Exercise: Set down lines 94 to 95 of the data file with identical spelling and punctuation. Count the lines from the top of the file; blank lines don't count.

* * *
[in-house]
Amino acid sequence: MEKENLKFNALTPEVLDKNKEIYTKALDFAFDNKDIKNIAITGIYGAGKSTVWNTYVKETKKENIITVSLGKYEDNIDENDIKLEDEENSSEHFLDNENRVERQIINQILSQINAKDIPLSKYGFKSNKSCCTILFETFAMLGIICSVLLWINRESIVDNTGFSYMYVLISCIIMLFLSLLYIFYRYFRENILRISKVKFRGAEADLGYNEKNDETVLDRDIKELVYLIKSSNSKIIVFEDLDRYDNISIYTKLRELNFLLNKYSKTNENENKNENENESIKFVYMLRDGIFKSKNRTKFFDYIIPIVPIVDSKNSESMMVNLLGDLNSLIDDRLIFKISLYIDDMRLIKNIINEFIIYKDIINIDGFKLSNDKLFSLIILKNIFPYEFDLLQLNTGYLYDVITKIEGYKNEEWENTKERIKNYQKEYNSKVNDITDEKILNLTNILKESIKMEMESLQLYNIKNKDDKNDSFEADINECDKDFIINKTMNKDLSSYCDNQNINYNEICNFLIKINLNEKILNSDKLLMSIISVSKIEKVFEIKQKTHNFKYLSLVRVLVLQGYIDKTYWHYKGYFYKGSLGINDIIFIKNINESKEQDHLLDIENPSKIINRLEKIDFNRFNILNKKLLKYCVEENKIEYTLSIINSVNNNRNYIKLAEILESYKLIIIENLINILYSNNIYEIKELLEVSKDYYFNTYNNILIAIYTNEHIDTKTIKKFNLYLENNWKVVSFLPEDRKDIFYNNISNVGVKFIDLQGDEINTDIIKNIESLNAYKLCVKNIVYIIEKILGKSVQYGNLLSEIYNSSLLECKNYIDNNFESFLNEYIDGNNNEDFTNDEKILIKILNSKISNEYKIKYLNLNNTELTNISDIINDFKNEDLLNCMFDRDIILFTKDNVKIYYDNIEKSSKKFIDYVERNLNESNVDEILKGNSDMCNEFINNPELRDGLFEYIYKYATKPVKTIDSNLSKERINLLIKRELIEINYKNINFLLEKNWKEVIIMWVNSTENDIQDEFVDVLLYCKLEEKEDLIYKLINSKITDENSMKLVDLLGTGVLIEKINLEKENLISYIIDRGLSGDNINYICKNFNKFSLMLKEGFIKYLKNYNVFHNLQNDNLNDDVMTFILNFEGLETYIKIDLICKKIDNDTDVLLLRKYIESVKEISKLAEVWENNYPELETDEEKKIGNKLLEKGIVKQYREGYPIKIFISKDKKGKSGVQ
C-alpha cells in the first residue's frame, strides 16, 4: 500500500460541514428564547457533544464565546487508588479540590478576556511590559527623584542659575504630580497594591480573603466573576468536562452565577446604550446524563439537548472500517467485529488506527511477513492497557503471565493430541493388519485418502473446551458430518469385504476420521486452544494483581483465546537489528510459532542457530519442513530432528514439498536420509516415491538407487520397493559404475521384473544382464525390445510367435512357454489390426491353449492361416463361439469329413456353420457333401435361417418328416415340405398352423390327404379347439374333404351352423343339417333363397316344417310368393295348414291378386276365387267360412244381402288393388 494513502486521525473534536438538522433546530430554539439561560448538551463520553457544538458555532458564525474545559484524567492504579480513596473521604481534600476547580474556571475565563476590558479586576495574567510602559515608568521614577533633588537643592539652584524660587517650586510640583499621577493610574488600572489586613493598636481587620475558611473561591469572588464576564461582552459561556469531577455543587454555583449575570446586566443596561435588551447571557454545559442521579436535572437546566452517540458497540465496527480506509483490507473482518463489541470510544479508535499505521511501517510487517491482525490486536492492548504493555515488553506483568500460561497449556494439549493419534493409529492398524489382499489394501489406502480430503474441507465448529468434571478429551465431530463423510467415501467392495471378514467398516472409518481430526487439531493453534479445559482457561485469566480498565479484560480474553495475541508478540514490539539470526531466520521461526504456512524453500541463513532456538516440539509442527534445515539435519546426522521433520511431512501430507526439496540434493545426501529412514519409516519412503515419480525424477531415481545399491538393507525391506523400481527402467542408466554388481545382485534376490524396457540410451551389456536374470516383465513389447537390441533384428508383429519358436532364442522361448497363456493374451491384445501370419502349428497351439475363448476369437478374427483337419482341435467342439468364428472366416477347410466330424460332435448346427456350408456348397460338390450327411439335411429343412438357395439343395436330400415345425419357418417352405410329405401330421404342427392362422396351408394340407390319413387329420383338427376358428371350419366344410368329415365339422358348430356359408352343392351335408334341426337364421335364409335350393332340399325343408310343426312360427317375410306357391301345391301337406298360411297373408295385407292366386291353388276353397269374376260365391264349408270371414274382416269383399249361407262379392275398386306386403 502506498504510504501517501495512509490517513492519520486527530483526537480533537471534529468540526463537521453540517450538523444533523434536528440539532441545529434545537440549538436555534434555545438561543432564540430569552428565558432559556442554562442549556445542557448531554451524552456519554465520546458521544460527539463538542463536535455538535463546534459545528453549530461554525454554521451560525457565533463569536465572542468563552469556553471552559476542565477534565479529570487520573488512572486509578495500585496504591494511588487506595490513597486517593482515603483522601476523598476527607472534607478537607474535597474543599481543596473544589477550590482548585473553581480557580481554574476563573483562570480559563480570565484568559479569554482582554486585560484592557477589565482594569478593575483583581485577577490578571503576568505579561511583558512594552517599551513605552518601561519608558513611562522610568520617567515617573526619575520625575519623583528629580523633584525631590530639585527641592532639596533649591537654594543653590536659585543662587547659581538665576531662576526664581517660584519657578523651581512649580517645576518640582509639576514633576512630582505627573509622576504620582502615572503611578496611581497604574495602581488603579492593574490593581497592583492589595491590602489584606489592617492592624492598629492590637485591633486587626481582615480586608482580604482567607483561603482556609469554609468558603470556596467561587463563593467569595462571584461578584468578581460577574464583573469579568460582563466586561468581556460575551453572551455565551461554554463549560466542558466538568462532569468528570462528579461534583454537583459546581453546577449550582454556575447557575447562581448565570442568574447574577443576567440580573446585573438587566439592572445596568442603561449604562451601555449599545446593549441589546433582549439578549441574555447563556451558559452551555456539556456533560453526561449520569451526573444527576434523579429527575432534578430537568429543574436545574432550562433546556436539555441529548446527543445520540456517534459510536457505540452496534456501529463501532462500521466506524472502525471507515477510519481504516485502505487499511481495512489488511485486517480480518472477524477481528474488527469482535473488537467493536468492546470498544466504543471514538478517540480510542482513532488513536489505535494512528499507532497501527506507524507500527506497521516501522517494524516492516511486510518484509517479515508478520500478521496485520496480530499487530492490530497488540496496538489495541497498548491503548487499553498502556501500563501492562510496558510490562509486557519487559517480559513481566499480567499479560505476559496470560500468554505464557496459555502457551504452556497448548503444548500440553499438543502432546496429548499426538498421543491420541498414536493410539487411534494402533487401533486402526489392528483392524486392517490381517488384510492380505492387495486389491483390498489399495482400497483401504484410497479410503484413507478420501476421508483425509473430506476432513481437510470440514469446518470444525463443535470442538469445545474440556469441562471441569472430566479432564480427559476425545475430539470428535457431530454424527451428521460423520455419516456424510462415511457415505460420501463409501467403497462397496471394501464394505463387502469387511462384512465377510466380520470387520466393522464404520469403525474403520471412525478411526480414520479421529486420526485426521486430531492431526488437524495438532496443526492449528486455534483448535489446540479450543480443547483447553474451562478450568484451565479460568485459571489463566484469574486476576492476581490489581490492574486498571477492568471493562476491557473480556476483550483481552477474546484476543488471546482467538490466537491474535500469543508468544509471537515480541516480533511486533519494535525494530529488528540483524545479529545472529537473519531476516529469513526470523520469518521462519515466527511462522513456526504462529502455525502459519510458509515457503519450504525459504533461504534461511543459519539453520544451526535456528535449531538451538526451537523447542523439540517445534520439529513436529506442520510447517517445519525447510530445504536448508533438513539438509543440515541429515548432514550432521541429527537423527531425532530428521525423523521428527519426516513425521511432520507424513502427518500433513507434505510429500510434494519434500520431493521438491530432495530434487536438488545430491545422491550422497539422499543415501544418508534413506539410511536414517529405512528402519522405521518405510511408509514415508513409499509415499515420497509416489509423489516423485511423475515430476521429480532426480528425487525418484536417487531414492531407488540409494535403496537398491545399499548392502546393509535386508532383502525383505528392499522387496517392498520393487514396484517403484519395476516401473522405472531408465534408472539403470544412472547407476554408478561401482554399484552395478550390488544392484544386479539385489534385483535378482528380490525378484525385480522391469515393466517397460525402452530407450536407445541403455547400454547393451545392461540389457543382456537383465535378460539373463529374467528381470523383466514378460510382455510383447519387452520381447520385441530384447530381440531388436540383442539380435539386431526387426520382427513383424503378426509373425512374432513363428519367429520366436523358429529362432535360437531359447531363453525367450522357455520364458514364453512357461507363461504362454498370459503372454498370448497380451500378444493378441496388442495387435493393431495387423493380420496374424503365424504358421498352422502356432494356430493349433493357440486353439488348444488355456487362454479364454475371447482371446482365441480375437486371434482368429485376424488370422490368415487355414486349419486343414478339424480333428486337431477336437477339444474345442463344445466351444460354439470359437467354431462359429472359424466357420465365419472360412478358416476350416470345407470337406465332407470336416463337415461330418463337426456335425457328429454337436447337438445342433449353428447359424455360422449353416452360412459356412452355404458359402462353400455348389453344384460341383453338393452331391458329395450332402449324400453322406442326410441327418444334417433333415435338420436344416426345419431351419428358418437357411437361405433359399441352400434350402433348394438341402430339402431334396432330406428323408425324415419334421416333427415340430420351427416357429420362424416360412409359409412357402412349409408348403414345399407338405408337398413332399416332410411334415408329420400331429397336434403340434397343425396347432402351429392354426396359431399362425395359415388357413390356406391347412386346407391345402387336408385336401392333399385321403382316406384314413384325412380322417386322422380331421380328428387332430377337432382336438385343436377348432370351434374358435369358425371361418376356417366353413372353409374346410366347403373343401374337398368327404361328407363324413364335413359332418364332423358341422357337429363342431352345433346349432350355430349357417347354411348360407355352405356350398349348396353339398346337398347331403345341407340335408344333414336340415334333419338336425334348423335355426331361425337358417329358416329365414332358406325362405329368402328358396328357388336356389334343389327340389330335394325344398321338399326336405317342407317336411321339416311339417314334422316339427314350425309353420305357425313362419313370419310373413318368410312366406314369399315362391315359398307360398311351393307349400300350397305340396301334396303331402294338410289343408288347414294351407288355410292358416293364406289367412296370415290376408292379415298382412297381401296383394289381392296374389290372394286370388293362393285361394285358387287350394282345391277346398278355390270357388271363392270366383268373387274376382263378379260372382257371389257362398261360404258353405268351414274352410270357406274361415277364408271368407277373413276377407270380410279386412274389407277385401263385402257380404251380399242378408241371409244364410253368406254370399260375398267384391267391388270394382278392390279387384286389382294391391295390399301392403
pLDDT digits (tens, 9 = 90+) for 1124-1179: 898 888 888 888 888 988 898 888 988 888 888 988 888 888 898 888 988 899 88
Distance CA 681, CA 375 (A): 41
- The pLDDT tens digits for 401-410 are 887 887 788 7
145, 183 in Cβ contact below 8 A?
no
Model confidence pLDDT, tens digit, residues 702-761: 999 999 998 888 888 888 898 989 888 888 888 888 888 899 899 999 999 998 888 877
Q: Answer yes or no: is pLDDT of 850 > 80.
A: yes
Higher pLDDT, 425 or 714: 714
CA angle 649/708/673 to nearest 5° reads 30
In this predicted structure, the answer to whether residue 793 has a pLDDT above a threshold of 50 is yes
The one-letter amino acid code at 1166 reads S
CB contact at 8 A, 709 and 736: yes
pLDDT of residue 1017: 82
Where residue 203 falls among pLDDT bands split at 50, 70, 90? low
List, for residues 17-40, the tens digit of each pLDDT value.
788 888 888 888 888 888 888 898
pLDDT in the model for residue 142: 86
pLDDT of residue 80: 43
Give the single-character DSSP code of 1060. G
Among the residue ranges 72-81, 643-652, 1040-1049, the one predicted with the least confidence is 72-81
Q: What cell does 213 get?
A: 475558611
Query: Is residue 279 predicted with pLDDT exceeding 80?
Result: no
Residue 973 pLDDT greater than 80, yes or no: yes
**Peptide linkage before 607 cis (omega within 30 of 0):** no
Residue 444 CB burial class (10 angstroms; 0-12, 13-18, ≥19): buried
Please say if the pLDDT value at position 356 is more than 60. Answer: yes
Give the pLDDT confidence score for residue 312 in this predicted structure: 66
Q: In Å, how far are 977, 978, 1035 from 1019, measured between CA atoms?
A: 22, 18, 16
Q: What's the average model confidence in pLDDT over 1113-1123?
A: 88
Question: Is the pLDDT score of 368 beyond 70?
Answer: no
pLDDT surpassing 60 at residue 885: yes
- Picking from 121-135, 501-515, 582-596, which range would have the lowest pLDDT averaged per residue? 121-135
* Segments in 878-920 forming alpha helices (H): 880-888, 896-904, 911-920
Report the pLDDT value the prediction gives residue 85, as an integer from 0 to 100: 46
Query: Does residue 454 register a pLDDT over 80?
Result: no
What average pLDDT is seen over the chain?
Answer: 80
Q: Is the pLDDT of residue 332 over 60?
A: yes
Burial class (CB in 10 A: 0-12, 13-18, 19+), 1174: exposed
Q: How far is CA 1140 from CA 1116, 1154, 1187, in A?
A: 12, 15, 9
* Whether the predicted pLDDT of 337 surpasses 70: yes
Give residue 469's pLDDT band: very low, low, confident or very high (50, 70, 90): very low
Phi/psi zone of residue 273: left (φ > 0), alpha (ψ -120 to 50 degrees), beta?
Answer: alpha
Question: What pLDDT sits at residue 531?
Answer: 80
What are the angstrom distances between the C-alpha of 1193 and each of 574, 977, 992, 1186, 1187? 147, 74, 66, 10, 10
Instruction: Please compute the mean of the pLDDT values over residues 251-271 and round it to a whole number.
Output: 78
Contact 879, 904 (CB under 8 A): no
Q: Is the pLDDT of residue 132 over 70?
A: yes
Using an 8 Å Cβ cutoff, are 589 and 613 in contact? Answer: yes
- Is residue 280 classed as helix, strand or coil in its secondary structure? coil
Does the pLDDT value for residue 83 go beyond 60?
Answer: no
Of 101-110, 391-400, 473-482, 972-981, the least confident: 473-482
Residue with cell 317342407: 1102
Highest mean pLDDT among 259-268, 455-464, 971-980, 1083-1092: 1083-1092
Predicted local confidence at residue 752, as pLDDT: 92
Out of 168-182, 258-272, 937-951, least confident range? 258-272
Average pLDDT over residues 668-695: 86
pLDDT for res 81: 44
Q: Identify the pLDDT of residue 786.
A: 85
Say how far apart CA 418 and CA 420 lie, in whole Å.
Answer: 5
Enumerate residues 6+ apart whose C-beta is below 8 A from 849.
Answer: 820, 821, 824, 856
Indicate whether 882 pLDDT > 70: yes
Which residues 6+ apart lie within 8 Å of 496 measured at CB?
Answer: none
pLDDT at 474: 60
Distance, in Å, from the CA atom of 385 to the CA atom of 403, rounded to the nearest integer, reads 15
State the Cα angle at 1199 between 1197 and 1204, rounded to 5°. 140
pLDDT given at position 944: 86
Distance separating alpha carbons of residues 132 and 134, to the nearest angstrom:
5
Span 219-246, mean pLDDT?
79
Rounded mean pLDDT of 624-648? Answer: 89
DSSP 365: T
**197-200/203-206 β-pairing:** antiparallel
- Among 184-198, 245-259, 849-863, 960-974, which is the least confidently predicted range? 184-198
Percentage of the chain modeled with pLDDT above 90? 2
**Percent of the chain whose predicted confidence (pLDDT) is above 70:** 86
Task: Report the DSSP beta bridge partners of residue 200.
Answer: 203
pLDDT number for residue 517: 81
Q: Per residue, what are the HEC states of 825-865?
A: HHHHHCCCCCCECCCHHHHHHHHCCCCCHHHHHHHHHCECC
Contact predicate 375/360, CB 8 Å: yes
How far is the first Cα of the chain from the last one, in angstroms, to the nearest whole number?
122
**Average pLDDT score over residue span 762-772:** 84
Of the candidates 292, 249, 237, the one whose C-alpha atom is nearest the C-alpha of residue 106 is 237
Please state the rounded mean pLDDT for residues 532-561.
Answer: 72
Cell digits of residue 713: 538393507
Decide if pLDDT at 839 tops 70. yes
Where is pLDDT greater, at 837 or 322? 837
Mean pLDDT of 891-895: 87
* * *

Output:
DSSP 365: T
**197-200/203-206 β-pairing:** antiparallel